Charlotte FC

D.C. United

Houston Dynamo

CF Montréal

Portland Timbers

Real Salt Lake

Seattle Sounders

Sporting Kansas City

Toronto FC

Hello, Charlotte, Toronto and Montréal. All three teams figured to be terrible, but they all hired new managers who are doing a great job instilling a clear system and way of playing. Dean Smith, John Herdman and Laurent Courois might be first, second and third in the way-too-early Manager of the Year race.

D.C. wasn’t expected to be much better and they seem to have hit a home run with their new manager, Troy Lesesne, too. Of course, having Christian Benteke on a heater helps.

Houston and Kansas City are, mostly, what we expected. They’ve got old school MLS guys who are going to make sure their teams are tough to play against, but lack that something special in system or talent to really make waves.

That’s never really been the problem in Seattle, but that doesn’t mean there aren’t problems. No team seems to do as much right and as much wrong at the same time. A little health should fix things and betting on Brian Schmetzer is always the right move so a top four finish in the West still feels more likely than them missing the playoffs, but at some point they’ve got to play one whole, quality soccer game. And then do it again and again.

Finally, RSL will probably be limited by their youth, but they’re also must-watch because of their youth. We knew Diego Luna had the goods, but now they’ve got Andrés Gómez and Fidel Barajas cooking too. These kids are special.

You’ve got problems

Chicago Fire

Colorado Rapids

FC Dallas

Nashville SC

Orlando City

Nobody is surprised to find the Fire and Rapids here. It’s been nice of them to get out of the cellar, and Colorado in particular has looked better than their record indicates, but nobody is scared of playing either of these teams. They just don’t have the creative players to make their teams matter.

Dallas, Nashville and Orlando are not supposed to be here, though.

It appears as if Gary Smith’s conservative approach is finally a problem as Hany Mukhtar has dipped from league MVP caliber to merely very good. Without him at an ungodly level, there just isn’t enough threat and Smith doesn’t seem to have a way to help their star German out.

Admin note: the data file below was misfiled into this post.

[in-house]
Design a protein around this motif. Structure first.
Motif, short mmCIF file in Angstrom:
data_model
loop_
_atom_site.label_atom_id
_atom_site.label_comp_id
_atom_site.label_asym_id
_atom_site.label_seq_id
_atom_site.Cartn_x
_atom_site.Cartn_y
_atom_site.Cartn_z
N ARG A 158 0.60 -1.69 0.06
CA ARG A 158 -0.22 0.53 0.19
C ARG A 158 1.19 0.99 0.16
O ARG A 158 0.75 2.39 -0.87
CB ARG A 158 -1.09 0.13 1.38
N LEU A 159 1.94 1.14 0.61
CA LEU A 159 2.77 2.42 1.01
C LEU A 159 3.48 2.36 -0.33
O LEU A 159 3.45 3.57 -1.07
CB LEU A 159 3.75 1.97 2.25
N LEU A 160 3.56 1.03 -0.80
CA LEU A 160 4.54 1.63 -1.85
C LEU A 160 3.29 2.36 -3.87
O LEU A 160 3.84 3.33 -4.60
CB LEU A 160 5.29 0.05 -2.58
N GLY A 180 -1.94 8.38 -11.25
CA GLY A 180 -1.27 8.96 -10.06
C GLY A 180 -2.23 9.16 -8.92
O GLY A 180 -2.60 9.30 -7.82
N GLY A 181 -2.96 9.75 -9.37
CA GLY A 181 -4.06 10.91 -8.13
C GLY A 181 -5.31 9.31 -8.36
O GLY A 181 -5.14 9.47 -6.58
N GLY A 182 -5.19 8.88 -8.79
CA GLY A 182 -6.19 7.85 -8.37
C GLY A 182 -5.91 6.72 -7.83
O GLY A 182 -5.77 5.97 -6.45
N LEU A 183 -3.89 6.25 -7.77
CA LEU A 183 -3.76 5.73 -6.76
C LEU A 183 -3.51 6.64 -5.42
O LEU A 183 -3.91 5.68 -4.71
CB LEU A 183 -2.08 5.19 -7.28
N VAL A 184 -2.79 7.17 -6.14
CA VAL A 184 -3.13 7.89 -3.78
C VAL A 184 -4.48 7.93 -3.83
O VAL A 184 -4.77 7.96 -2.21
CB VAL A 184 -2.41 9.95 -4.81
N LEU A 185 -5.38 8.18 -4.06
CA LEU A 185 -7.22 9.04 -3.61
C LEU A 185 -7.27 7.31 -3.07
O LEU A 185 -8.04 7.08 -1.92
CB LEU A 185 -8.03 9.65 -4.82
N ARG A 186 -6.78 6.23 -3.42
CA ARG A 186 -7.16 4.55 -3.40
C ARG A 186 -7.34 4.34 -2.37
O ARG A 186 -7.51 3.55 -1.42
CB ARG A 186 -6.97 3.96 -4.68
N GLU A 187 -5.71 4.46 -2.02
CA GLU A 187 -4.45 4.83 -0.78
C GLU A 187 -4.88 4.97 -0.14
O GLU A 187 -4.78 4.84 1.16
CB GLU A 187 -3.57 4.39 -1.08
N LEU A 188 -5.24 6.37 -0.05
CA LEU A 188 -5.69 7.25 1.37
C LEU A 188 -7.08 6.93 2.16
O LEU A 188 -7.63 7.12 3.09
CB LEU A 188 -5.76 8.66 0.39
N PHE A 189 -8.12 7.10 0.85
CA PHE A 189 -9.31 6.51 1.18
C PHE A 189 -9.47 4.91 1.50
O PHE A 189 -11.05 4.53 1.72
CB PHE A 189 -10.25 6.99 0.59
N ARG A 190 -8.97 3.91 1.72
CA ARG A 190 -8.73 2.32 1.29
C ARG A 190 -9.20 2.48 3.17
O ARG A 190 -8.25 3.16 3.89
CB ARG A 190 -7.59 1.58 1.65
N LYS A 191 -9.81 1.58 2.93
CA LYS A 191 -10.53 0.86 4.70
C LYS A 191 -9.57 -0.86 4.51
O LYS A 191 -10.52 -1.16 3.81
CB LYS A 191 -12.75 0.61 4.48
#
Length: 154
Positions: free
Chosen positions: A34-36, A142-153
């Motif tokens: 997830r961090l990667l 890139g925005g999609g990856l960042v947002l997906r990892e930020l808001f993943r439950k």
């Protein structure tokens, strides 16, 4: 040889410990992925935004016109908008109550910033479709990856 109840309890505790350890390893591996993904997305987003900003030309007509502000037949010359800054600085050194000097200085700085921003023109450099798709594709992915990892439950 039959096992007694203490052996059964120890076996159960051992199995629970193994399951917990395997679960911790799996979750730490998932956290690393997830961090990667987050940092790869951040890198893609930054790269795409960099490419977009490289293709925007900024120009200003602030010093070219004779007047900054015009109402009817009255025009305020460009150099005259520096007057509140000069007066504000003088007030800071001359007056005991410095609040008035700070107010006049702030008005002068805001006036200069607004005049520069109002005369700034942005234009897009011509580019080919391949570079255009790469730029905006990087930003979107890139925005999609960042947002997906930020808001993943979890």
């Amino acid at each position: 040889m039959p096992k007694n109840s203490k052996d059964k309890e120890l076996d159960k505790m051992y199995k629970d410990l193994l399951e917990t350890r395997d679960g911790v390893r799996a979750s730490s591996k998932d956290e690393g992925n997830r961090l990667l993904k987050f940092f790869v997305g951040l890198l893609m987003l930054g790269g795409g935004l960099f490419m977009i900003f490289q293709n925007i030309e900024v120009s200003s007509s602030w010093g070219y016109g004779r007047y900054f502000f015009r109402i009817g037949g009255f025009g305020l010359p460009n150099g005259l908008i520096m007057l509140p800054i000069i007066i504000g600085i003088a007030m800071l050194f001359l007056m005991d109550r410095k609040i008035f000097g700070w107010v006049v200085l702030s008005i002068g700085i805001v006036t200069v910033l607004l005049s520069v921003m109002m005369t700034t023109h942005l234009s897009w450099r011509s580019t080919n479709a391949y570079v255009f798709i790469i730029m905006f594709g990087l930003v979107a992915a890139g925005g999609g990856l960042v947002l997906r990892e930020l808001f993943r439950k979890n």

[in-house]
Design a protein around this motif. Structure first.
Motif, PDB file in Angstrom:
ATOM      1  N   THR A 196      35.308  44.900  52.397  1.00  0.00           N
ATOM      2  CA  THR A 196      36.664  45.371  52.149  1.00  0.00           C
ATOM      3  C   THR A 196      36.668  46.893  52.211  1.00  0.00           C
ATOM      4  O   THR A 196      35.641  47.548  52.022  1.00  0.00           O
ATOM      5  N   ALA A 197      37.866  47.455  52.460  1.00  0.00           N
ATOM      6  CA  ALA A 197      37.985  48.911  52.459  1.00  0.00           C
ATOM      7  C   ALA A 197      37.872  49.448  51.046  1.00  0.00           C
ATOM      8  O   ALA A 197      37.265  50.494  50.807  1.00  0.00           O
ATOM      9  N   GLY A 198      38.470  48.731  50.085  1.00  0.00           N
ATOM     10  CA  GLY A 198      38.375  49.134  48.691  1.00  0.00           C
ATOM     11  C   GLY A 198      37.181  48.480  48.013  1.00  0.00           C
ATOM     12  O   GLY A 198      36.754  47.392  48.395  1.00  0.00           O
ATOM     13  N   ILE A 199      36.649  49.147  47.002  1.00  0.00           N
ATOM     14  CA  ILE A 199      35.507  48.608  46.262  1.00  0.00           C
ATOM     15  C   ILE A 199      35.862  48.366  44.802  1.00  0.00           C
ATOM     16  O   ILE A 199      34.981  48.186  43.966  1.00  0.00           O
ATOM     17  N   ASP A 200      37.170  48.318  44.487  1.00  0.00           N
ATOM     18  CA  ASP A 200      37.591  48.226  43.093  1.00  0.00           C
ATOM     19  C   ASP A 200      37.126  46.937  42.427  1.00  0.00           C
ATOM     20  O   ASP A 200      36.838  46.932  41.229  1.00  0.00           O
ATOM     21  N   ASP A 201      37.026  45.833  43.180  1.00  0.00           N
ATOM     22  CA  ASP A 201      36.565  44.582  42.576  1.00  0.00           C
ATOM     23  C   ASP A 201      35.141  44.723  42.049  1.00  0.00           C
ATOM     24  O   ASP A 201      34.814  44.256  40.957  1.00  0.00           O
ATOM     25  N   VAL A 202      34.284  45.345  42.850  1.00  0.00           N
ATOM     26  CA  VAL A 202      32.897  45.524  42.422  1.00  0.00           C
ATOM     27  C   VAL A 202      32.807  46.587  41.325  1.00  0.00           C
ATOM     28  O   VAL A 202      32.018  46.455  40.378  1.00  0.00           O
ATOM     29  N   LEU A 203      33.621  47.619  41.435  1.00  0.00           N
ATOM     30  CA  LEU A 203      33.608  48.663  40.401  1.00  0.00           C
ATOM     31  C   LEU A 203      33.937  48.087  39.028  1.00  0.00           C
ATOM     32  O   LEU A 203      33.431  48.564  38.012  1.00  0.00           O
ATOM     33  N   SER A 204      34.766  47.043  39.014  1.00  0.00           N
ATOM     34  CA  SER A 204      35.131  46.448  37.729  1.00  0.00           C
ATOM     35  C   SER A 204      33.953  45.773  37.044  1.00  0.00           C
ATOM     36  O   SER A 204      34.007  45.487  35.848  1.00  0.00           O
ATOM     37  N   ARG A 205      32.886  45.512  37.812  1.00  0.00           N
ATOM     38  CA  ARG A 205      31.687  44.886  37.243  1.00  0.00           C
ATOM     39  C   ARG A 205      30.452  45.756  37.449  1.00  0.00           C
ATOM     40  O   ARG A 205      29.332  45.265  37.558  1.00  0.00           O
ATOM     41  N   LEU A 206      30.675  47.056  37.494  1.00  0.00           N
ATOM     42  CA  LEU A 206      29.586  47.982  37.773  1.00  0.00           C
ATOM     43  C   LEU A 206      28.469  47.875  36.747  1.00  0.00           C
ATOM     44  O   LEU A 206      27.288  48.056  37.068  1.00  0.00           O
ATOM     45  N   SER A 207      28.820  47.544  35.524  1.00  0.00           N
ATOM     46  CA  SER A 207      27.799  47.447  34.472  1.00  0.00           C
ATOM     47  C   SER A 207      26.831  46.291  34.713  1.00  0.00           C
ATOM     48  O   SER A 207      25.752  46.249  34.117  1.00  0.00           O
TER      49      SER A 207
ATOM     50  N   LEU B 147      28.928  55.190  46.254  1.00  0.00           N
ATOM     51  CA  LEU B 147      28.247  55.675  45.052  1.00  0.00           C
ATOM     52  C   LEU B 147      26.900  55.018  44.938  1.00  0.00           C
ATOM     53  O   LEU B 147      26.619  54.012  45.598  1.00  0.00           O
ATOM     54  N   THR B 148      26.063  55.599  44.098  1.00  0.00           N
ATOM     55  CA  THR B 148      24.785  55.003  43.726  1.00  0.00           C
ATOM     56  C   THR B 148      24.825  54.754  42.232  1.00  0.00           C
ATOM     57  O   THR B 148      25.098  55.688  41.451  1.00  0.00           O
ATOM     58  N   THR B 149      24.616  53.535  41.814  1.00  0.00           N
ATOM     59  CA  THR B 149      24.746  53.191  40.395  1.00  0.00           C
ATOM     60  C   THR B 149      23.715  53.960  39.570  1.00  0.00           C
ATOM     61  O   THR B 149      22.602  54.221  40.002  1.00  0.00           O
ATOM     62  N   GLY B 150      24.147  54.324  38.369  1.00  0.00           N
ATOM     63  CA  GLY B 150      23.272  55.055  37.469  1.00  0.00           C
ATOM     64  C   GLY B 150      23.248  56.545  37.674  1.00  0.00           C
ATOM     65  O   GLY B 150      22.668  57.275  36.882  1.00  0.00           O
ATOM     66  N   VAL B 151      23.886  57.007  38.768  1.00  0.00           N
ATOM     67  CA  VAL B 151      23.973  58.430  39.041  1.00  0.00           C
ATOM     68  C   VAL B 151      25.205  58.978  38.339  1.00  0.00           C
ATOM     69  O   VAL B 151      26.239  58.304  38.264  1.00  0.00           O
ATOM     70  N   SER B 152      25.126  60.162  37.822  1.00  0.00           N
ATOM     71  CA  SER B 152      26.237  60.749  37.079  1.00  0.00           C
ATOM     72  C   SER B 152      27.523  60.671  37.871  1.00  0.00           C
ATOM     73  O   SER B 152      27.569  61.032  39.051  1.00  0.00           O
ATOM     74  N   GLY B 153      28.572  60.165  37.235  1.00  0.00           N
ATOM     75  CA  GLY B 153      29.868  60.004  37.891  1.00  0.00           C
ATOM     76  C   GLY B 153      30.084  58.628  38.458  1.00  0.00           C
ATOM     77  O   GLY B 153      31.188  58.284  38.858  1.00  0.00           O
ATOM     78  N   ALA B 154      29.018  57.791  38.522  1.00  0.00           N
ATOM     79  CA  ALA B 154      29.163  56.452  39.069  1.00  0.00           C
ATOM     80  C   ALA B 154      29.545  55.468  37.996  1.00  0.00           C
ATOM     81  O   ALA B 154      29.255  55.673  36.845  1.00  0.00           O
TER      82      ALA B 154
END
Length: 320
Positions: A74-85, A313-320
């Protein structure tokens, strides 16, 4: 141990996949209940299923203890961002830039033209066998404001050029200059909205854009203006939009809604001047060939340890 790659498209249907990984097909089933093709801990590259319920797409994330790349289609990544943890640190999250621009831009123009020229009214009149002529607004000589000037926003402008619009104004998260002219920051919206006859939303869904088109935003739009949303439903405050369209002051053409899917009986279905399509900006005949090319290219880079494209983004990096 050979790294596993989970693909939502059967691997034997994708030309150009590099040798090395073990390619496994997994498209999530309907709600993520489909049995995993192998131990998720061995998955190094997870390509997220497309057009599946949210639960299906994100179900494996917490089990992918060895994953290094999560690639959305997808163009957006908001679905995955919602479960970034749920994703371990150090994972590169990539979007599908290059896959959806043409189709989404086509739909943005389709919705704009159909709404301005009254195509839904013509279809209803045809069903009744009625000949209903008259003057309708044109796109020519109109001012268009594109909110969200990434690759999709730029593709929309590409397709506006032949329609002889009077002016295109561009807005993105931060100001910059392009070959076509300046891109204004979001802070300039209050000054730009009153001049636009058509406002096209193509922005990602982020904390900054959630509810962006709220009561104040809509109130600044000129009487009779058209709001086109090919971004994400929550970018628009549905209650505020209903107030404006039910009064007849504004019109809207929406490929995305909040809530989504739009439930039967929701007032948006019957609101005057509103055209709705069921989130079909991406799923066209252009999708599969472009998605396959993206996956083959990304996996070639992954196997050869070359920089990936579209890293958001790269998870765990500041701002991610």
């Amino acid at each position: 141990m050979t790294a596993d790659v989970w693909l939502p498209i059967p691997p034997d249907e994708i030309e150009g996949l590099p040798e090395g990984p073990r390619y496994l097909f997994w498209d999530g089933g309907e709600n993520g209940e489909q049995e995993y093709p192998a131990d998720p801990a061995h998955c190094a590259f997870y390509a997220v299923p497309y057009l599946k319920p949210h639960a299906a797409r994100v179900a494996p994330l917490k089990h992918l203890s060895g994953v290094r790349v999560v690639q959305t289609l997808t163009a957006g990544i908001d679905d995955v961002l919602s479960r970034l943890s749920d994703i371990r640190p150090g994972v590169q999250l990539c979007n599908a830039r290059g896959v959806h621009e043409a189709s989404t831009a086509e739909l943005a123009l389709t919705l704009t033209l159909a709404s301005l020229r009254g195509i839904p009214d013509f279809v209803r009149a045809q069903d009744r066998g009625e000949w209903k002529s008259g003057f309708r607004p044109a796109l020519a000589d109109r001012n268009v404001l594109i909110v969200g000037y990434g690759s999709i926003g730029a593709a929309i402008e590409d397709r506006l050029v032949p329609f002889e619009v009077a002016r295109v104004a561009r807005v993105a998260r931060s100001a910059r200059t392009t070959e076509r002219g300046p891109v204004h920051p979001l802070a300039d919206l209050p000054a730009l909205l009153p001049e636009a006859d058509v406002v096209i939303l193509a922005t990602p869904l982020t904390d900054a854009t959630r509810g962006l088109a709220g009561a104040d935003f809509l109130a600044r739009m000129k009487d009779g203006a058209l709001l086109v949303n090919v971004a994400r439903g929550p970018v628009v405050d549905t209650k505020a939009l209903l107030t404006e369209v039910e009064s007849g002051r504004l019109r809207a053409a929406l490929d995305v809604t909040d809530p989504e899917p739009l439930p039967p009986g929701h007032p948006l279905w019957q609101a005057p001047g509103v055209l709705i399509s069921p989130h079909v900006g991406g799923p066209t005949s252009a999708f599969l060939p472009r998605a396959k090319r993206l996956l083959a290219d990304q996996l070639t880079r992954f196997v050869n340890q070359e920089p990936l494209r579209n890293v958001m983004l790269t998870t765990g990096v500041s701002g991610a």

Oscar Pareja at least has some ideas as he tries to jumpstart Orlando. They’ve had some injuries, but this team hasn’t put it together for a sustained period in either of the last two seasons despite not lacking for talent. Pareja has to make an idea stick sooner rather than later.

As for Dallas, good luck trying to identify their primary problem. Their injuries have been crippling, led by Paxton Pomykal being ruled out for the season. Their centerbacks remain a mess. The new 3-4-3 they’re playing hasn’t ideally fit their talent. This won’t be an easy fix.

This could get really ugly

New England Revolution

New York City FC

San Jose Earthquakes

NYCFC shouldn’t be here. There is more talent in that team than the other two, even if it’s an overwhelmingly great squad. Get Santi Rodríguez on the ball, give him a couple options and don’t step on rakes at the back and this team can be competitive. At some point, Nick Cushing has to show he’s up to the job.

New England and San Jose just don’t have the horses. It’s clear that Bruce Arena and Djordje Petrović were papering over so many holes in Foxborough and the Revs are now being exposed. Luchi Gonzalez did a similarly good job making up for insufficient talent last year, but it’s not fair to ask him to do more with less again. Get these teams some players.

Anyone home?

Austin FC

Austin are the worst team in the league by almost any metric and are somehow even worse to watch, but that’s not why they’re in a tier all to their own. They land here because their ineptitude is no surprise.

This team was awful last season and have been miserable since before they even came into the league, bar a 2022 campaign in which they mocked anyone who doubted anyone who doubted a team built on unsustainable luck. Yet Anthony Precourt has shown little interest in changing course. Being bad is one thing; seemingly not caring about being bad and showing no urgency to get things right is another.